Press statement by Kua Kia Soong, SUARAM Adviser 26 April 2016

Penang NGOs should be commended for alerting us and especially denizens of Penang about the dire consequences of the multi-billion transport master plan (PTMP) and demanding more consultation and transparency in this project that will affect the lives and landscape of this pearly isle. The NGOs lamented that priority in the plan is given to private vehicles when the purpose of an integrated public transport system in a modern city should be to reduce, not encourage, private vehicle usage.

Apart from its cost which is estimated at RM40 billion presently and the consequences of the reclamation plans, undersea tunnel and highways on traffic on the island, Penang should avoid the unsightly monorail system we have in Kuala Lumpur.

Protect urban landscape from unsightly monorail infrastructure

I still cannot understand how the Kuala Lumpur city planners, heritage protectors and even the Malaysian Chinese community could have allowed the construction of the concrete monorail monstrosity to obstruct the views of the Selangor Chinese Assembly Hall, the Chen Ancestral Shrine, the Guan Yin temple and the entrance to Petaling Street. These are some of Kuala Lumpur’s oldest heritage sites which should have been protected from being obscured by the unsightly monorail infrastructure. The Guan Yin temple was built in 1888, the Chen Ancestral Temple in 1896 and the Selangor Chinese Assembly Hall in 1934. There are other heritage sites along the monorail route which are likewise needlessly obscured from view.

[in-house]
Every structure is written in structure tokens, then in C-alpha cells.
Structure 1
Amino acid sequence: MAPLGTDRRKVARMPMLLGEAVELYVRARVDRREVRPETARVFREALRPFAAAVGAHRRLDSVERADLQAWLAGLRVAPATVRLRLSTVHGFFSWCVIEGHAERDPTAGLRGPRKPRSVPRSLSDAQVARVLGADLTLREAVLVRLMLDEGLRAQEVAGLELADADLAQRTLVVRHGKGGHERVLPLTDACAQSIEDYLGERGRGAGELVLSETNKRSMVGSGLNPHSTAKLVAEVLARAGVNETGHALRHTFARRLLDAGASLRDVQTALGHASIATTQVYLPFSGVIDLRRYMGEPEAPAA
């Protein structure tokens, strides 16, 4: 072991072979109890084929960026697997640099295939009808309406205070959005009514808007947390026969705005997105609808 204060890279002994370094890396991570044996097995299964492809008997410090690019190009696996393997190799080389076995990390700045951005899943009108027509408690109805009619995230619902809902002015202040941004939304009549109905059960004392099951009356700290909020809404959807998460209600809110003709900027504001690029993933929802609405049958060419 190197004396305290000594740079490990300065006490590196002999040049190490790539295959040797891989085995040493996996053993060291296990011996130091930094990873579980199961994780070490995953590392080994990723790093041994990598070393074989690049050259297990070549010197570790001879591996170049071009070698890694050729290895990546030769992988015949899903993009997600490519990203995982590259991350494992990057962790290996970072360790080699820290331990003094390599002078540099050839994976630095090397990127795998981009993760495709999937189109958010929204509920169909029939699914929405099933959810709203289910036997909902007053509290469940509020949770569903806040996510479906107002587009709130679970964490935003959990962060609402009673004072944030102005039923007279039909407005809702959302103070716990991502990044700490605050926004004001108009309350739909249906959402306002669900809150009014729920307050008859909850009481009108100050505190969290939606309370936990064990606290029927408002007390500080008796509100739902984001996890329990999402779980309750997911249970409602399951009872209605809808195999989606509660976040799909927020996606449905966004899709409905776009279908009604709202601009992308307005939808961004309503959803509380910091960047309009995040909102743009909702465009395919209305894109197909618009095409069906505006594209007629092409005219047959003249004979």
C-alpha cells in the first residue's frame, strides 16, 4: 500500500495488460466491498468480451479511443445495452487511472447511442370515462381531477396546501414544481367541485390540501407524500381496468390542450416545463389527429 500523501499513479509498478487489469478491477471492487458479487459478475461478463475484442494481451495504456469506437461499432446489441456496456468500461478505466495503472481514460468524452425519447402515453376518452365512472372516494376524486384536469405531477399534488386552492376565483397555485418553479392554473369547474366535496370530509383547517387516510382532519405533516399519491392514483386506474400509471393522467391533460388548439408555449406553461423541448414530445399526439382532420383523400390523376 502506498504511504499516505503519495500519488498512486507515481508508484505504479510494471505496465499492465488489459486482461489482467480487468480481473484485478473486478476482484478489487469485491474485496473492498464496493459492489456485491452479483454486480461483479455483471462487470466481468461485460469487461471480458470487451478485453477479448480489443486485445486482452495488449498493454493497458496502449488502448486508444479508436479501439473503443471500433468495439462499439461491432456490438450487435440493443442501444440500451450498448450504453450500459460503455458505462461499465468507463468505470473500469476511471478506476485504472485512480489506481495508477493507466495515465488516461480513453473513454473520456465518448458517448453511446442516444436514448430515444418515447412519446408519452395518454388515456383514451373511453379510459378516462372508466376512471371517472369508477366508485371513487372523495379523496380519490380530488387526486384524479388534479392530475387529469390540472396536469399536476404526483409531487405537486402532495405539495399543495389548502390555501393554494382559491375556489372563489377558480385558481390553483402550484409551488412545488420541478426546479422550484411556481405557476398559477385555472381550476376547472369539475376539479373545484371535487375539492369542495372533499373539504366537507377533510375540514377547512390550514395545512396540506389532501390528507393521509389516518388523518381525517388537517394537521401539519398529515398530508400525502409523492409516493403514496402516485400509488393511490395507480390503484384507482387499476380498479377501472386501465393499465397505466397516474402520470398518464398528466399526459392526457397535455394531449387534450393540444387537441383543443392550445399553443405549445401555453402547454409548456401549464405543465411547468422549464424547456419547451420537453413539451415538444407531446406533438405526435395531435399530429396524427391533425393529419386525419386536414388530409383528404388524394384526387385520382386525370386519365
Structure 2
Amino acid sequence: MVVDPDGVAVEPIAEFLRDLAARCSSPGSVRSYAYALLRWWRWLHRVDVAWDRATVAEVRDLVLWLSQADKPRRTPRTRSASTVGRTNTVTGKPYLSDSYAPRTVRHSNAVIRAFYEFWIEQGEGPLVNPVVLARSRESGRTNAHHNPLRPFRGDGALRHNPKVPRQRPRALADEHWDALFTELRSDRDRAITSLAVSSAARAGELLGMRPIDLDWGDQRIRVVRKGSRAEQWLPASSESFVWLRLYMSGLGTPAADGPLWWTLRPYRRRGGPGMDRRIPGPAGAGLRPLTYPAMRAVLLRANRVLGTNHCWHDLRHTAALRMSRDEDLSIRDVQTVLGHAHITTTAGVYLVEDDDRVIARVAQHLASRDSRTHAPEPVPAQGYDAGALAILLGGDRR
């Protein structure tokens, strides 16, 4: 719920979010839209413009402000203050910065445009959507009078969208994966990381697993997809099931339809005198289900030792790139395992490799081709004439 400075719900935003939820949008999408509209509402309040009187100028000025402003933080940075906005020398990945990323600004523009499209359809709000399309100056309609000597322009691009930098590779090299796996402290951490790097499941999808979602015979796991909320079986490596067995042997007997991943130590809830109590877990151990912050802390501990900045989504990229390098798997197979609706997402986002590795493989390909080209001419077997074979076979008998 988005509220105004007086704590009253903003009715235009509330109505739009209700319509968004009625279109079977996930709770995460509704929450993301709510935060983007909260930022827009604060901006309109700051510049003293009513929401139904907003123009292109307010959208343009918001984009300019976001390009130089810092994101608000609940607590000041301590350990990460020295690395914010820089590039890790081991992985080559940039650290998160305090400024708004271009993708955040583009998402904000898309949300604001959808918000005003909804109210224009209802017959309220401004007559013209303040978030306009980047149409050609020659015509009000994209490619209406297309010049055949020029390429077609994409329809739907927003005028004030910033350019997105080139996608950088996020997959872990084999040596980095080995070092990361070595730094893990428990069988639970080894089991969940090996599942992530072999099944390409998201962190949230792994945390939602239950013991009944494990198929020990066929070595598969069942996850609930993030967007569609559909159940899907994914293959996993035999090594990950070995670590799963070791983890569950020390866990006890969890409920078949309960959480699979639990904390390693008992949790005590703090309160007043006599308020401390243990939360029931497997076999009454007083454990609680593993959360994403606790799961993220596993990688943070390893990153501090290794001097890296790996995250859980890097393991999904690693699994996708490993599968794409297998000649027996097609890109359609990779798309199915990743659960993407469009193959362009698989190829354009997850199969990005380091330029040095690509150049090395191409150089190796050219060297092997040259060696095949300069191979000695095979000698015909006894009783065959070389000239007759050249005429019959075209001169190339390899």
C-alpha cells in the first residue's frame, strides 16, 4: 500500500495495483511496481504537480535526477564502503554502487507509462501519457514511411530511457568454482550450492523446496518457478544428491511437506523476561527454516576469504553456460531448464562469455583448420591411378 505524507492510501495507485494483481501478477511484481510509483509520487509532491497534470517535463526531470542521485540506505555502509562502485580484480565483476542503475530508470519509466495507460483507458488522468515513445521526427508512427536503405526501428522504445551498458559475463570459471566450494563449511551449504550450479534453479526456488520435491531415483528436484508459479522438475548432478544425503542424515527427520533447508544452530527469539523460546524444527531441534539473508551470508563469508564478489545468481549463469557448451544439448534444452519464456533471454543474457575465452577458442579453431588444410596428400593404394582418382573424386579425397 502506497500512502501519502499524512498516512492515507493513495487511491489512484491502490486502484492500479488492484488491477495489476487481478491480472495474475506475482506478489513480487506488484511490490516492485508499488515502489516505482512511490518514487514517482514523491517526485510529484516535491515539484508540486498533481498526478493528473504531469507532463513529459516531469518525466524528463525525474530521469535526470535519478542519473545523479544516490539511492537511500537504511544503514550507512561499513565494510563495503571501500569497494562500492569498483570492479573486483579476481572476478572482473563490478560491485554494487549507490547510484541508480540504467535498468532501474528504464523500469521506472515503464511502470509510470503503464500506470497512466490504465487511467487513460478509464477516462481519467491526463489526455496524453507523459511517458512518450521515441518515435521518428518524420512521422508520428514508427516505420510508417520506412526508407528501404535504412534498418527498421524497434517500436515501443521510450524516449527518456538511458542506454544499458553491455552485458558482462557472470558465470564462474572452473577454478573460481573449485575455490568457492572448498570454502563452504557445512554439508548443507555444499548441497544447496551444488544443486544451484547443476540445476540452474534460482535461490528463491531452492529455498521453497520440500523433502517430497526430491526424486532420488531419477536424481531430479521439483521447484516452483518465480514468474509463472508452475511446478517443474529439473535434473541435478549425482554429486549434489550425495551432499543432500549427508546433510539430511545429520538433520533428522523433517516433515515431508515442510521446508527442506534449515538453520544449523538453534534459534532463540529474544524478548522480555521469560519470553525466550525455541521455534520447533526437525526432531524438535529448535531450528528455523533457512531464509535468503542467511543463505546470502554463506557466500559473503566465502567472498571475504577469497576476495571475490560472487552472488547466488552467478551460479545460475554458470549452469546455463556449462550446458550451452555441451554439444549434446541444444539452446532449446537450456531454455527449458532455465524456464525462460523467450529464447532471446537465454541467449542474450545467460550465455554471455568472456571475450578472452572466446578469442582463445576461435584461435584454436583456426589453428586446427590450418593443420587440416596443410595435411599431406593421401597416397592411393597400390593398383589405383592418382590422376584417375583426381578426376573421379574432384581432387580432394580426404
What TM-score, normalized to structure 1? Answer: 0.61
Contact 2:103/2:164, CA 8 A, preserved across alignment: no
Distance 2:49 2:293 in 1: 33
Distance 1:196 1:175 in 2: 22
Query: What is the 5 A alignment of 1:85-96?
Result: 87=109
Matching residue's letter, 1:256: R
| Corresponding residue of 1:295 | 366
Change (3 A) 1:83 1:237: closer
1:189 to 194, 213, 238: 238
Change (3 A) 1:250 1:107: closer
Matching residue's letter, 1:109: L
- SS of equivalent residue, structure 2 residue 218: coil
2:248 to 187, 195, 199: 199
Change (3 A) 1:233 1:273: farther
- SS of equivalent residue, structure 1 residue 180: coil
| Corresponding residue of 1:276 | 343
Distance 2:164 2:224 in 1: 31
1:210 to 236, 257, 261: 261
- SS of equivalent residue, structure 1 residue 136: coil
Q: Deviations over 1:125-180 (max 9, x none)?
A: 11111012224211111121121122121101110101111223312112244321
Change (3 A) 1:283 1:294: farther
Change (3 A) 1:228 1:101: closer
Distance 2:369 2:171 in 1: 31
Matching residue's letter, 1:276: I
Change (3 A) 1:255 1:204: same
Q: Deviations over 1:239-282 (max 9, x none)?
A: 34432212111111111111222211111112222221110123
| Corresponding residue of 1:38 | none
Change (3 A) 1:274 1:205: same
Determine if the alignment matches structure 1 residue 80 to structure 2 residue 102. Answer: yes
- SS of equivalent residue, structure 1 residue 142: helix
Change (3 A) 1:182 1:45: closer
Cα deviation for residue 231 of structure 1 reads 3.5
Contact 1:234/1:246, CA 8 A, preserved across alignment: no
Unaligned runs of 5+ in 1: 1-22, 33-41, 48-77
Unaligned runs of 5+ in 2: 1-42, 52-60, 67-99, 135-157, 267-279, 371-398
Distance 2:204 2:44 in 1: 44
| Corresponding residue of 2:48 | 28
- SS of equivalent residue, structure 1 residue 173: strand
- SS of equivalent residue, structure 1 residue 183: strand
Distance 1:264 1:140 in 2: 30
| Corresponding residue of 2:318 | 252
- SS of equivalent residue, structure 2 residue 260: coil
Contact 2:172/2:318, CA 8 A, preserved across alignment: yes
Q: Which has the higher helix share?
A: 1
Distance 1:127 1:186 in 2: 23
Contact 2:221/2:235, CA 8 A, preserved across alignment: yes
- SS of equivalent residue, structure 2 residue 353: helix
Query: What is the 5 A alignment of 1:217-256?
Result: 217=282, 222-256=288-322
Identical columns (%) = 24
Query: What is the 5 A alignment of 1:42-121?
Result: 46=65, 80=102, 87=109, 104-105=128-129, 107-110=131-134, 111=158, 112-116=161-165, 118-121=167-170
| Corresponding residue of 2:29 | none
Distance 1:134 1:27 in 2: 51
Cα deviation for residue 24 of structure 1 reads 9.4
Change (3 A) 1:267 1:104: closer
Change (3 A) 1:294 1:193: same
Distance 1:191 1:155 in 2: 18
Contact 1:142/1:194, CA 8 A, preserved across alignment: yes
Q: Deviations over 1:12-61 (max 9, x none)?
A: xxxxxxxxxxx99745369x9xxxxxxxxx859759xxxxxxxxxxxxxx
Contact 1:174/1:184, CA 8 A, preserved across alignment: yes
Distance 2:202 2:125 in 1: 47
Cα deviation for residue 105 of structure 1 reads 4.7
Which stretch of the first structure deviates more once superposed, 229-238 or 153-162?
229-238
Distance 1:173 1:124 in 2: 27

It will only be a matter of time before the City Council will allow even more unsightly billboards to be plastered all over these concrete monstrosities in an attempt to raise revenue.

Although a bit late in the day, Penang has the advantage of being able to avoid the mistakes made by other city planners. It is worth noting that the less imposing steel infrastructure that supported the Sydney monorail system was dismantled in 2014. When it was finally taken down, Sydney denizens were relieved that the unsightly eyesore of the monorail was removed and their urban landscape reclaimed.

Introduce an efficient & affordable tram system

Having just returned from a most pleasant trip to Melbourne, I was impressed by the charming and seamless tram system in the city – a free circuit round the city centre and an affordable tram service radiating from the city outwards to the suburbs.

Penang used to have a tram system in the early 20th century and so did the other former Straits Settlement Singapore. I believe the old tram rails have been preserved so there is no reason for the PTMP to limit the tram system to the Unesco world heritage site in order to cater to the larger Penang commuters.